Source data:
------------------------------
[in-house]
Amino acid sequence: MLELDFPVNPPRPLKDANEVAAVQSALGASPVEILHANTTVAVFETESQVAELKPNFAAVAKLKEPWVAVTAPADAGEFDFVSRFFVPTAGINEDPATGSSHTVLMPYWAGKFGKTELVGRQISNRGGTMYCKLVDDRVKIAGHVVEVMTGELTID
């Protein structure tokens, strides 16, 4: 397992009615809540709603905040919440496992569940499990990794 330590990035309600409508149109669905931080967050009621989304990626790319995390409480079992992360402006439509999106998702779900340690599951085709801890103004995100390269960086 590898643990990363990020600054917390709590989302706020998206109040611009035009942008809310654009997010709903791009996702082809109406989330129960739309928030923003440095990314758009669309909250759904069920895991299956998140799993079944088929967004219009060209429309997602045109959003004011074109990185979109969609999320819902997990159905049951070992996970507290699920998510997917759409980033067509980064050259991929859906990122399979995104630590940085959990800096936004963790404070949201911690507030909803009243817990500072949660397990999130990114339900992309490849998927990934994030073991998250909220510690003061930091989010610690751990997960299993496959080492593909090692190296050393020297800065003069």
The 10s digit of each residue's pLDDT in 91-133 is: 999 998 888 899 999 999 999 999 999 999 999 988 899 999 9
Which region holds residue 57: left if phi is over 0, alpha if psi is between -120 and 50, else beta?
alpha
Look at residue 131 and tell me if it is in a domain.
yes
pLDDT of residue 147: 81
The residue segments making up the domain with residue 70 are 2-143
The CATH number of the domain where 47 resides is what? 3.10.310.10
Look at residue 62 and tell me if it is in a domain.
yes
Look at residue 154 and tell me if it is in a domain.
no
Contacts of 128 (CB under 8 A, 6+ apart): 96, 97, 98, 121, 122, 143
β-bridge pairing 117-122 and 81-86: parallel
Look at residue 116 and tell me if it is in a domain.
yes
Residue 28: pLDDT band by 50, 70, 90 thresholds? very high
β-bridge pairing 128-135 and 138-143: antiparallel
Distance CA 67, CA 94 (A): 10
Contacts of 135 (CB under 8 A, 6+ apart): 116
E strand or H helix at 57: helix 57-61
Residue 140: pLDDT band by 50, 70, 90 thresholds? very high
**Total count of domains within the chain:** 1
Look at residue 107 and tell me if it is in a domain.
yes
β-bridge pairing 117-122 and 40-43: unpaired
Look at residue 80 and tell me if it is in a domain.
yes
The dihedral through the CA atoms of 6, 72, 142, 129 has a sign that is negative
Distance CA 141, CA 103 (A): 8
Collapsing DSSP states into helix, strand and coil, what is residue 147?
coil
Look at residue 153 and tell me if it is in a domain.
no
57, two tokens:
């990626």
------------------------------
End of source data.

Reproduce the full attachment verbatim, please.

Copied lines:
[in-house]
Amino acid sequence: MLELDFPVNPPRPLKDANEVAAVQSALGASPVEILHANTTVAVFETESQVAELKPNFAAVAKLKEPWVAVTAPADAGEFDFVSRFFVPTAGINEDPATGSSHTVLMPYWAGKFGKTELVGRQISNRGGTMYCKLVDDRVKIAGHVVEVMTGELTID
């Protein structure tokens, strides 16, 4: 397992009615809540709603905040919440496992569940499990990794 330590990035309600409508149109669905931080967050009621989304990626790319995390409480079992992360402006439509999106998702779900340690599951085709801890103004995100390269960086 590898643990990363990020600054917390709590989302706020998206109040611009035009942008809310654009997010709903791009996702082809109406989330129960739309928030923003440095990314758009669309909250759904069920895991299956998140799993079944088929967004219009060209429309997602045109959003004011074109990185979109969609999320819902997990159905049951070992996970507290699920998510997917759409980033067509980064050259991929859906990122399979995104630590940085959990800096936004963790404070949201911690507030909803009243817990500072949660397990999130990114339900992309490849998927990934994030073991998250909220510690003061930091989010610690751990997960299993496959080492593909090692190296050393020297800065003069």
The 10s digit of each residue's pLDDT in 91-133 is: 999 998 888 899 999 999 999 999 999 999 999 988 899 999 9
Which region holds residue 57: left if phi is over 0, alpha if psi is between -120 and 50, else beta?
alpha
Look at residue 131 and tell me if it is in a domain.
yes
pLDDT of residue 147: 81
The residue segments making up the domain with residue 70 are 2-143
The CATH number of the domain where 47 resides is what? 3.10.310.10
Look at residue 62 and tell me if it is in a domain.
yes
Look at residue 154 and tell me if it is in a domain.
no
Contacts of 128 (CB under 8 A, 6+ apart): 96, 97, 98, 121, 122, 143
β-bridge pairing 117-122 and 81-86: parallel
Look at residue 116 and tell me if it is in a domain.
yes
Residue 28: pLDDT band by 50, 70, 90 thresholds? very high
β-bridge pairing 128-135 and 138-143: antiparallel
Distance CA 67, CA 94 (A): 10
Contacts of 135 (CB under 8 A, 6+ apart): 116
E strand or H helix at 57: helix 57-61
Residue 140: pLDDT band by 50, 70, 90 thresholds? very high
**Total count of domains within the chain:** 1
Look at residue 107 and tell me if it is in a domain.
yes
β-bridge pairing 117-122 and 40-43: unpaired
Look at residue 80 and tell me if it is in a domain.
yes
The dihedral through the CA atoms of 6, 72, 142, 129 has a sign that is negative
Distance CA 141, CA 103 (A): 8
Collapsing DSSP states into helix, strand and coil, what is residue 147?
coil
Look at residue 153 and tell me if it is in a domain.
no
57, two tokens:
């990626």